In 1995, Empire Records was released to the movie-going public. As a specimen of the cinematic arts, it’s nothing special. But what’s far more important than the general mediocrity or trite coming-of-age themes in Empire Records, is that the film sets itself inside an independent record store, and sanctifies that record store as the very glue that binds its characters together.

Ironically, after almost 10 years, the plot of Empire Records has never been more current. Just as the film’s titular shop faces extinction, so do the last remaining mom-and-pops still stocking discs as the market demands ones and zeros.

But in Charleston, things aren’t so gloomy.

“We’re hangin’ in there,” says Clay Scales, owner of 52.5 Records on King Street.

Galen Hudson, the district manager at Monster Music and Cat’s Music says, “Our stores are pretty solid right now.” Even after closing some of the chain’s out-of-state stores last year, he’s optimistic.

Even so, in the minds of many, the days of the record store are long gone. The folks behind Record Store Day ( hope to disprove that. “It was just an attempt to say, ‘We’re still here,'” says Hudson.

Saturday, indie record shops across the globe will celebrate Record Store Day — held each year since 2007 on the third Saturday in April — with sales, freebies, and special events. On the surface it’s little more than a promotional engine for the labels still dedicated enough to keep pressing physical albums in a digital world. But beneath that commercial veneer, it’s a day held in honor of a cultural institution. Just like Empire Records, beyond its forgettable teen-flick veneer, pays homage to the same cultural institution.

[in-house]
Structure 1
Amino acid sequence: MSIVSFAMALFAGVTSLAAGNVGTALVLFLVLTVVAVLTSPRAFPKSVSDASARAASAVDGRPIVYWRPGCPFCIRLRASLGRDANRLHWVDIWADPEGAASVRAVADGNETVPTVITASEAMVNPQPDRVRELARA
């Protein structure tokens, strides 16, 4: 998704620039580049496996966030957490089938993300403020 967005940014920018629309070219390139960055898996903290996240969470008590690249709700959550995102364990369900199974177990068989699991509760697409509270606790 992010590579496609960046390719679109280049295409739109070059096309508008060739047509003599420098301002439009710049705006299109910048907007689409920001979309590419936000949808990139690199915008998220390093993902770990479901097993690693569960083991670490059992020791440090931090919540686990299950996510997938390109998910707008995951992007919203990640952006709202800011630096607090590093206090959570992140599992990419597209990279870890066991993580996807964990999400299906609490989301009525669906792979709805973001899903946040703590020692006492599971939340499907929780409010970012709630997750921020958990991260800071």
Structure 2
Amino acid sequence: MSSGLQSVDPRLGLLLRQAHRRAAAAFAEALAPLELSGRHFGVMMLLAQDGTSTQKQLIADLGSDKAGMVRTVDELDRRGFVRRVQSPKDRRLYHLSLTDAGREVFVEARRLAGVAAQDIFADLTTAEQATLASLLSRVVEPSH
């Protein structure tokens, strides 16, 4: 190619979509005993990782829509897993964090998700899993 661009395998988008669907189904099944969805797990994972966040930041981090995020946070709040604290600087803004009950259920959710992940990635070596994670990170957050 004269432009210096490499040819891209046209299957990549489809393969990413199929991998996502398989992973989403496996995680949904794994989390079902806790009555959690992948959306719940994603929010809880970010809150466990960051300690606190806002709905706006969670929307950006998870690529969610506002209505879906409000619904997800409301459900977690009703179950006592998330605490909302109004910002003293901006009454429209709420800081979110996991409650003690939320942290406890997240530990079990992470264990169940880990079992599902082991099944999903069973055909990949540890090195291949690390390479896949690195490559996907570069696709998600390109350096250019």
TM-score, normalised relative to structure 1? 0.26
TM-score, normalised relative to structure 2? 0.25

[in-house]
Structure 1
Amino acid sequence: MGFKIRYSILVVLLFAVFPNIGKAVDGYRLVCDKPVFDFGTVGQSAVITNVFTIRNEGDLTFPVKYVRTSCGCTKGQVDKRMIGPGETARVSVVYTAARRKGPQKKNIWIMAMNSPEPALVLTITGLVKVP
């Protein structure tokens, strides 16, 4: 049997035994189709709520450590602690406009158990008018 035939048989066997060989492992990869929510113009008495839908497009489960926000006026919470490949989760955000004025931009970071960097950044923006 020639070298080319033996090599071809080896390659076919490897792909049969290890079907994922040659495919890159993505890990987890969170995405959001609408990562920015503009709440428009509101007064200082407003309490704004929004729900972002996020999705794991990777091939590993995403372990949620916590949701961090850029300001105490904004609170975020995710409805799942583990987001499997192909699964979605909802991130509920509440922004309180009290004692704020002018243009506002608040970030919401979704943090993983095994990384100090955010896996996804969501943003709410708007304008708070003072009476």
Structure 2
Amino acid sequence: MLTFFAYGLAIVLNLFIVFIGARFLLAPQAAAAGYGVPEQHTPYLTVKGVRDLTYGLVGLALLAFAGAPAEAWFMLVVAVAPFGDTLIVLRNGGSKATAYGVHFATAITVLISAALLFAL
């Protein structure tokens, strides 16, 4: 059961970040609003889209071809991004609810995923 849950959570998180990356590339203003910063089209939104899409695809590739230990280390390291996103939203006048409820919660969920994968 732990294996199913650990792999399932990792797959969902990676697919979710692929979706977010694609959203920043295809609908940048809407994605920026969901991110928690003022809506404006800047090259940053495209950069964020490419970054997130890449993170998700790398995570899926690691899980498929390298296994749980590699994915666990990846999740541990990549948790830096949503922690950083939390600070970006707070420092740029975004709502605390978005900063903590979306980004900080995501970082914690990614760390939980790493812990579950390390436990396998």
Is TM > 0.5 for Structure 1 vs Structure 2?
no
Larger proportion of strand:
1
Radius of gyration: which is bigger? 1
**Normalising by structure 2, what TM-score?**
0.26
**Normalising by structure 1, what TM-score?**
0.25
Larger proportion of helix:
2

Beyond the stores themselves, many labels have prepared special releases for the day — including limited edition vinyl releases from acts as young and old as Grizzly Bear and Tom Waits. Paul McCartney will release six (only six!) acetates of one song at a secret location. Jack White’s newest band, the Dead Weather, will release its debut 7-inch single. Suffice it to say, for anybody still interested in purchasing music as a physical relic, Record Store Day is a big deal.

Last year, Scales was ambivalent about the event. But, he says, “It turned out to be really cool, so I felt bad for being bah-humbug about it.” This year he’s not. And neither are his local competitors.

“It surpassed all expectations, so it is now a permanent event,” says Hudson.

Scales’ shop will host an art opening, but elsewhere bands will cram their gear in between the shelves to soundtrack the proceedings. Monster Music and Cat’s Music will host seven and six bands, respectively, while Soundwave Records in Summerville plays host to death metal band Aralic.

Additionally, shoppers can expect deep discounts and plenty of promotional freebies. All used product is discounted 52.5 percent at 52.5 Records. Soundwave will cut 20 percent off its music and 10 percent off comics. And Cat’s and Monster will have storewide markdowns, including sidewalk sales for used discs.

While the stores count on increased traffic, the sales do come at an expense. This won’t single-handedly save the empire. But that’s not really the point.

“We just want it to be something that’s fun for people,” Hudson says.

Echoing the sentiment, and the climax of Empire Records, Scales predicts: “It should be a party.”

The local shops participating in Record Store Day on Sat. April 18 are 52.5 Records (561 King St., 843-722-3525), Monster Music & Movies (946 Orleans Road, 843-571-4657), Cat’s Music in Summerville (1305-A N. Main St., 843-832-7704) Soundwave Records in Summerville (2139-B N. Main St., 843-821-8810).

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